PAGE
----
Sotheby’s Goes To Court in Rybolovlev/Bouvier Dispute Over Leonardo Painting
01/10/2017We’ve written before about the bitter feud between Russian billionaire Dmitry Rybolovlev and his former art dealer, Swiss businessman Yves Bouvier. Our previous post contains more detail, but in short, in 2014, the two had a highly-publicized falling-out after Rybolovlev accused Bouvier of overcharging him—to the tune of as much as $1 billion—for dozens of artworks that Bouvier helped him to acquire.
The dispute has led to litigation in multiple jurisdictions, and has drawn into the fray several other players in the art market who were involved in some of the deals at issue. Last spring, Sotheby’s voluntarily turned over limited discovery to two entities controlled by Rybolovlev that were seeking information connected to the sale of a major painting, Leonardo da Vinci’s Christ as Salvator Mundi, which ended up in Rybolovlev’s collection and is now a focal point in his battle with Bouvier; Sotheby’s decision to cooperate with the discovery request instead of fighting it caused consternation among some in the art world.
Now, Sotheby’s has become not just a discovery target but a litigant; just before Thanksgiving, Sotheby’s filed a suit in federal court in New York, asking for a declaratory judgment that it “complied with all of its obligations” to a group of art dealers (the “Dealers”) in connection with the Salvator Mundi deal and has no liability to those dealers. The basic facts, according to the complaint, are that, in 2013, the Dealers (a group of individuals and business entities acting as a consortium), sold Salvator Mundi (for a total of about $80 million, paid in money and art) to a Bouvier-controlled entity. Sotheby’s acted as an intermediary between the Dealers and Bouvier in that transaction, and received a $3 million commission for facilitating the sale. The Dealers, Sotheby’s alleges, made a huge profit on the sale; Sotheby’s cites reports that one of the Dealers had acquired the work at an estate sale for less than $10,000. (At the time, the work was merely attributed to a “member of Leonardo’s school,” but, due in part to efforts by some of the Dealers, the work was subsequently reattributed to Leonardo himself.)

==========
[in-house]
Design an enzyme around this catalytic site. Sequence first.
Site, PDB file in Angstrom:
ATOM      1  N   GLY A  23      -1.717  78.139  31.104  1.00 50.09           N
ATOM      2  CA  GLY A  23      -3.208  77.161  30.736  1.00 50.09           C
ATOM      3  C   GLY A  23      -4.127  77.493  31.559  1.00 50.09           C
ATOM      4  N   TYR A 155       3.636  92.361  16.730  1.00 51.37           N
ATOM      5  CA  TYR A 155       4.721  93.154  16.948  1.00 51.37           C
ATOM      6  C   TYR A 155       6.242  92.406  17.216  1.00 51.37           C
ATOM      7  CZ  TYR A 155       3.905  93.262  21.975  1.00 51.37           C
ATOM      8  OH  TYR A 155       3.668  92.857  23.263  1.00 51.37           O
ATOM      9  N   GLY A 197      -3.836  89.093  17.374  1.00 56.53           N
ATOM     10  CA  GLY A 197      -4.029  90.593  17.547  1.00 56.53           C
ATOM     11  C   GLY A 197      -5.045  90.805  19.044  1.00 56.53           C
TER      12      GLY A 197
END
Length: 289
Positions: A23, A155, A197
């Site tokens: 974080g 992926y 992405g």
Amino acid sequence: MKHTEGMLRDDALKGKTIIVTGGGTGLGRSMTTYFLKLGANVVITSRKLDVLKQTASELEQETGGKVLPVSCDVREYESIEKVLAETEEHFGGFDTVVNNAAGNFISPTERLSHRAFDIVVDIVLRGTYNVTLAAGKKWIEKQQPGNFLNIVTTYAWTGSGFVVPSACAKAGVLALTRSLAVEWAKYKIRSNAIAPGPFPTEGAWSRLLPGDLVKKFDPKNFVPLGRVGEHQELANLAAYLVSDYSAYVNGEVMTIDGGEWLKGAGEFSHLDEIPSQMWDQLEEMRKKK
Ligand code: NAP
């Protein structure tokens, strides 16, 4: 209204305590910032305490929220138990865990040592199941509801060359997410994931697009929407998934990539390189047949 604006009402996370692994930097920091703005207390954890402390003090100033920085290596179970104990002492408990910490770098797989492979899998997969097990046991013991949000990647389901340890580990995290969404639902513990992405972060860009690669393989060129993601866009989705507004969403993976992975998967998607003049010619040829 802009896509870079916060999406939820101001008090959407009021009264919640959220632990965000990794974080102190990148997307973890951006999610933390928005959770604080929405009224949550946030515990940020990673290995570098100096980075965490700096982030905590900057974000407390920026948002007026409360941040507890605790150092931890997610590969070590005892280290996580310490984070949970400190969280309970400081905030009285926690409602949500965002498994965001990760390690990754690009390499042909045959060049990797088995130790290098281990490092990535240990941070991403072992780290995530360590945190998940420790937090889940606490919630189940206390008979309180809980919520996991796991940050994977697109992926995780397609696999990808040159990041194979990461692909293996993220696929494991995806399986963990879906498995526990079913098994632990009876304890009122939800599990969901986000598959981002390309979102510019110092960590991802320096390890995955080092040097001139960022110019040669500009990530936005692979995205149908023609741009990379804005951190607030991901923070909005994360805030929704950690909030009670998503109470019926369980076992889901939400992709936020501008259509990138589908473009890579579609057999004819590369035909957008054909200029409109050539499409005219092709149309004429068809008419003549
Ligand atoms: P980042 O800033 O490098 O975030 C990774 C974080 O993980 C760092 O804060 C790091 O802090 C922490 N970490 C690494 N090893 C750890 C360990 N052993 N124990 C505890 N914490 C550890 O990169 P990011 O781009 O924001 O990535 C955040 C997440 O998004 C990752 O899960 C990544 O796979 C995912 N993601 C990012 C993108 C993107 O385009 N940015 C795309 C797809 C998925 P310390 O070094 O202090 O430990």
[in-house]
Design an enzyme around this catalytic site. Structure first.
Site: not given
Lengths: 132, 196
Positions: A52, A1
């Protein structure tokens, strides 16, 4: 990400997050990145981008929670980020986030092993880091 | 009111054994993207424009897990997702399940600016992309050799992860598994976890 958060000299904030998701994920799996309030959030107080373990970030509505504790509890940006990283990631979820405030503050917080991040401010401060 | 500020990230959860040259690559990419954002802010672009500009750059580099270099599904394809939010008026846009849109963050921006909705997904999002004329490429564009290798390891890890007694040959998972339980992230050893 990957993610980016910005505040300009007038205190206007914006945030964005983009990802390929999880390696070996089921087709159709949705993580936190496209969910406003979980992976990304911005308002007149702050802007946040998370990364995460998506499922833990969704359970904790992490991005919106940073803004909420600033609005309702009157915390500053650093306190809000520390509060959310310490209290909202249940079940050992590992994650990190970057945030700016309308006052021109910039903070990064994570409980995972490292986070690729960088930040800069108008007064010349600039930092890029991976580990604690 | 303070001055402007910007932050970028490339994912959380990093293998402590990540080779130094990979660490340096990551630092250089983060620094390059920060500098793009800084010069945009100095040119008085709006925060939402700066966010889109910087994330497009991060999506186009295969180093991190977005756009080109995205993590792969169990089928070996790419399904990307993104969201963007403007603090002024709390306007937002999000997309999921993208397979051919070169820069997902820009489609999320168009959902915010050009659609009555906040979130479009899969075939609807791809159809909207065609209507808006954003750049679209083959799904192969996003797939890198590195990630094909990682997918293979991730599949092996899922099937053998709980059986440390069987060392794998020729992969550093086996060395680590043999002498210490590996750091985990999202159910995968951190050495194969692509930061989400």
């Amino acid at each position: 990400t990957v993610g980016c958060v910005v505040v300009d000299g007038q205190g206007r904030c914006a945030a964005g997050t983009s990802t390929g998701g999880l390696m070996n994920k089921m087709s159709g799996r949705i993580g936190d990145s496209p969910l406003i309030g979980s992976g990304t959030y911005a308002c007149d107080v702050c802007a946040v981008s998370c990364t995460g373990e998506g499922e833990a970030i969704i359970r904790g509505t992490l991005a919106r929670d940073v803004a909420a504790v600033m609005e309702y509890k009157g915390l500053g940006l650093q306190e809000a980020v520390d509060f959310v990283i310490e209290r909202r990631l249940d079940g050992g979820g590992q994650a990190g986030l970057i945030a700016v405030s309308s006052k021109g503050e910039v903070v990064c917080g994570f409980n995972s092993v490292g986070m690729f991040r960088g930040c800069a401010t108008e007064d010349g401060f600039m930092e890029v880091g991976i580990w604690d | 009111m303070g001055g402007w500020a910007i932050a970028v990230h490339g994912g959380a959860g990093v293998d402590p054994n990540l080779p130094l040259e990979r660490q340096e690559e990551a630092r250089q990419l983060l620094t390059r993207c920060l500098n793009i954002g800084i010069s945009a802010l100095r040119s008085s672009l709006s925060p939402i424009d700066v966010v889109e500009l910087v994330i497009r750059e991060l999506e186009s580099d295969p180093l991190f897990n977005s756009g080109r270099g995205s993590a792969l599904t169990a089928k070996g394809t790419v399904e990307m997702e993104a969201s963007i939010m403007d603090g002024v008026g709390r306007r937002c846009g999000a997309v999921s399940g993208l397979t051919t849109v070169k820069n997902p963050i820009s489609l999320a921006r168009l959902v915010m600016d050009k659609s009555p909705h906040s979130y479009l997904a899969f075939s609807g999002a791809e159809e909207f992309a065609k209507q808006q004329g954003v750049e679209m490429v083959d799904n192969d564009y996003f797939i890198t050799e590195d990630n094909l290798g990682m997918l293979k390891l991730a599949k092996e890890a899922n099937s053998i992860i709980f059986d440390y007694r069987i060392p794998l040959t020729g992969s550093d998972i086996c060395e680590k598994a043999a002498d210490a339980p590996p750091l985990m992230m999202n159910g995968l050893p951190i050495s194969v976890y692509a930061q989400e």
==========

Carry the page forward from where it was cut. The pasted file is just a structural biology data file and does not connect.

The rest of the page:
However, Sotheby’s says that, when the Dealers learned that Bouvier had immediately re-sold the work to Rybolovlev for even more money, the Dealers took the position that they should have received the amount Rybolovlev paid. Sotheby’s notes that they have taken this position “even though Rybolovlev has accused Bouvier of achieving that higher price through fraud” by allegedly lying to Rybolovlev about how much the Dealers were willing to accept for the work, to ultimately persuade Rybolovlev to pay $127.5 million. Sotheby’s says that, since the details of the Rybolovlev-Bouvier feud have become public, the Dealers have been threatening Sotheby’s with litigation, seeking to recover at least the markup Bouvier pocketed.
Sotheby’s emphasizes that it had no role in Bouvier’s resale to Rybolovlev and made no money from that resale; indeed, Sotheby’s says it didn’t even know that Bouvier was planning to flip the Salvator Mundi immediately, let alone how much he was planning to flip it for. Sotheby’s also notes that, while it “connected” the parties (the Dealers and Bouvier) and “facilitated the negotiation,” the price paid by Bouvier to the Dealers was reached via “vigorous” “arms-length” negotiations between one of the Dealers, on the one hand, and a representative of Bouvier, on the other. Sotheby’s claims this is a simple case of “seller’s remorse,” with the Dealers wishing they had made even more money from Salvator Mundi. It asks the court to rule that Sotheby’s breached none of its contracts with the Dealers and had no other obligations to the Dealers, that the Defendants in fact suffered no loss at all, and that even if they did suffer a loss, that loss was not caused by Sotheby’s.